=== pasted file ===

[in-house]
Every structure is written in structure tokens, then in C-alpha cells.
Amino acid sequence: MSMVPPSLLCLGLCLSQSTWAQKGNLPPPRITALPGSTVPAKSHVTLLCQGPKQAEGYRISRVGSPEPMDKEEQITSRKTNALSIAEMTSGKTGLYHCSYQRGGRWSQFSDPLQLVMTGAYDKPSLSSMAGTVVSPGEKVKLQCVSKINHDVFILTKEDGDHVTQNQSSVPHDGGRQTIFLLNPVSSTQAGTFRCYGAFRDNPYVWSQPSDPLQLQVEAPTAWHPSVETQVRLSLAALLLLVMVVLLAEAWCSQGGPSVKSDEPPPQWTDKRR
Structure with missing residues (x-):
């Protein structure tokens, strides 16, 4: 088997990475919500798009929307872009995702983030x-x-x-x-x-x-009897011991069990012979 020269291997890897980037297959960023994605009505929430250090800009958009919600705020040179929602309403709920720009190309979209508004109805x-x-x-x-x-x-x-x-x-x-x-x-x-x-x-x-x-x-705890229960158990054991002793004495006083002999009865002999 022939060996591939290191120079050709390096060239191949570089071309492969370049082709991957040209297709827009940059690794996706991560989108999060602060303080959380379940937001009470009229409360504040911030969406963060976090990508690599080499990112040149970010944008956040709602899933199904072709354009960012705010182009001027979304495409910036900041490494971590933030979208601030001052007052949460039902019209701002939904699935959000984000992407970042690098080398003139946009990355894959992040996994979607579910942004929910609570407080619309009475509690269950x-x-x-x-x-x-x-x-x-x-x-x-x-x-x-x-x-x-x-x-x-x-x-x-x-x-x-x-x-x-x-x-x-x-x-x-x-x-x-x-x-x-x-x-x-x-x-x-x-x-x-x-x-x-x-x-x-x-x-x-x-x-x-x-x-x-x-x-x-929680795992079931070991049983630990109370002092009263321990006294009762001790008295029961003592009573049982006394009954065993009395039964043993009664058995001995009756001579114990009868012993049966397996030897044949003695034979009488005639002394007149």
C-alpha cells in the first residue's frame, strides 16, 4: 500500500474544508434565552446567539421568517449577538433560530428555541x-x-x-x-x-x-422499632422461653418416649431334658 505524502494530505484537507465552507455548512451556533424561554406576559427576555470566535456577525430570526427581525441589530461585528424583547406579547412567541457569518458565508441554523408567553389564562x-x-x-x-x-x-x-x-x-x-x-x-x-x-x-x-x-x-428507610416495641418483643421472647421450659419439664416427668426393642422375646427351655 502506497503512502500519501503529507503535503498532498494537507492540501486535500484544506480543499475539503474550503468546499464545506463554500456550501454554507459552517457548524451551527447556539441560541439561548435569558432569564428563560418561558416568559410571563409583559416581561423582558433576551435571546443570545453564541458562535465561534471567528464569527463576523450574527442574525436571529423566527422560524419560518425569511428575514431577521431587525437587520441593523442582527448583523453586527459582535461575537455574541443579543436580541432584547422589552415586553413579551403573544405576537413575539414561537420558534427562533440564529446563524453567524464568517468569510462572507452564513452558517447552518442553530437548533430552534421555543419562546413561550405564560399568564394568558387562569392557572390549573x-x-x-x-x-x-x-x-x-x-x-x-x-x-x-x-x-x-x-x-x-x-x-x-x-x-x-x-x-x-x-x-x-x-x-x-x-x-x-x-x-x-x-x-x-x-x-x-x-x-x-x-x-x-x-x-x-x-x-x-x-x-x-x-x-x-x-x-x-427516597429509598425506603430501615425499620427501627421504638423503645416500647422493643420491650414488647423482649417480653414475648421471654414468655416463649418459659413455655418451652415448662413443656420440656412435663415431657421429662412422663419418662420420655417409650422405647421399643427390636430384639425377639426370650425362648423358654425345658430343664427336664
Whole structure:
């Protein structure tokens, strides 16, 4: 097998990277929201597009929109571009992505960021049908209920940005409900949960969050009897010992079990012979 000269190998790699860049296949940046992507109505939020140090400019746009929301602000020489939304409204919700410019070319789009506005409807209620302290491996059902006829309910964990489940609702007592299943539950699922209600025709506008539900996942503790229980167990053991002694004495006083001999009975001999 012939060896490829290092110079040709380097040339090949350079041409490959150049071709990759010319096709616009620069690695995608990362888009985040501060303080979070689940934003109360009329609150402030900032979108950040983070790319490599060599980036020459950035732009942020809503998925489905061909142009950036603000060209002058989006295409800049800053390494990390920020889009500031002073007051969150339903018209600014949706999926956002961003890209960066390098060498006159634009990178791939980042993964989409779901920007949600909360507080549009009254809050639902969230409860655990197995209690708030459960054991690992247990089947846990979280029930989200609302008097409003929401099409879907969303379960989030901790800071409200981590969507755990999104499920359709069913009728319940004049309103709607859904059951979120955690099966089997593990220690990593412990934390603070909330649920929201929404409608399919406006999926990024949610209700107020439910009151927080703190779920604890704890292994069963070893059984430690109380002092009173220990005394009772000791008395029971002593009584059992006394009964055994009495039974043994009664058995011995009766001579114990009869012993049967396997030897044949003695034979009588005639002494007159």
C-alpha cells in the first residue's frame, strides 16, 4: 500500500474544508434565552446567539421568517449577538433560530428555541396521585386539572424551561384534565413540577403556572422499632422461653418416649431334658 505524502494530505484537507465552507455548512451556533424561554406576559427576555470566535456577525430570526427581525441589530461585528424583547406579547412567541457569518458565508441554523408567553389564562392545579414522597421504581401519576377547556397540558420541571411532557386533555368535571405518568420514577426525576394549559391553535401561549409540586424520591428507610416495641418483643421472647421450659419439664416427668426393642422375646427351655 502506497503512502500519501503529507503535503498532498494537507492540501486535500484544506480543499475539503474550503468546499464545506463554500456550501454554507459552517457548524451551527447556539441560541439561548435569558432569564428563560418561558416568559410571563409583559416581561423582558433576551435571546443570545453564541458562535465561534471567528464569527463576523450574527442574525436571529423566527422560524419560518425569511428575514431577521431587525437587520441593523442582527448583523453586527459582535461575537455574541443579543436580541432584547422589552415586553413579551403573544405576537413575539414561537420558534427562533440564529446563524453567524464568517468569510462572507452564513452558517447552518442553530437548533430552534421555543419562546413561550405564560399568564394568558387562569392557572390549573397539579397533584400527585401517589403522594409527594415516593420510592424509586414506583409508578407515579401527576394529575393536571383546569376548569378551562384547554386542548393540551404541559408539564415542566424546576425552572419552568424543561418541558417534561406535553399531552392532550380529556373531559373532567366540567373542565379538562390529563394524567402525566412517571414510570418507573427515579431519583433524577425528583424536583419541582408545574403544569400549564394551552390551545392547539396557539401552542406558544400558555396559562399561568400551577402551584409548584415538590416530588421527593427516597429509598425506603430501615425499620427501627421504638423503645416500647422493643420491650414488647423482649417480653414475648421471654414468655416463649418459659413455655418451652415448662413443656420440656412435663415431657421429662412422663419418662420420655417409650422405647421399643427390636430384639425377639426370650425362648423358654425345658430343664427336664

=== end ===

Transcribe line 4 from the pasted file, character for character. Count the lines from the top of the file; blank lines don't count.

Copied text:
Structure with missing residues (x-):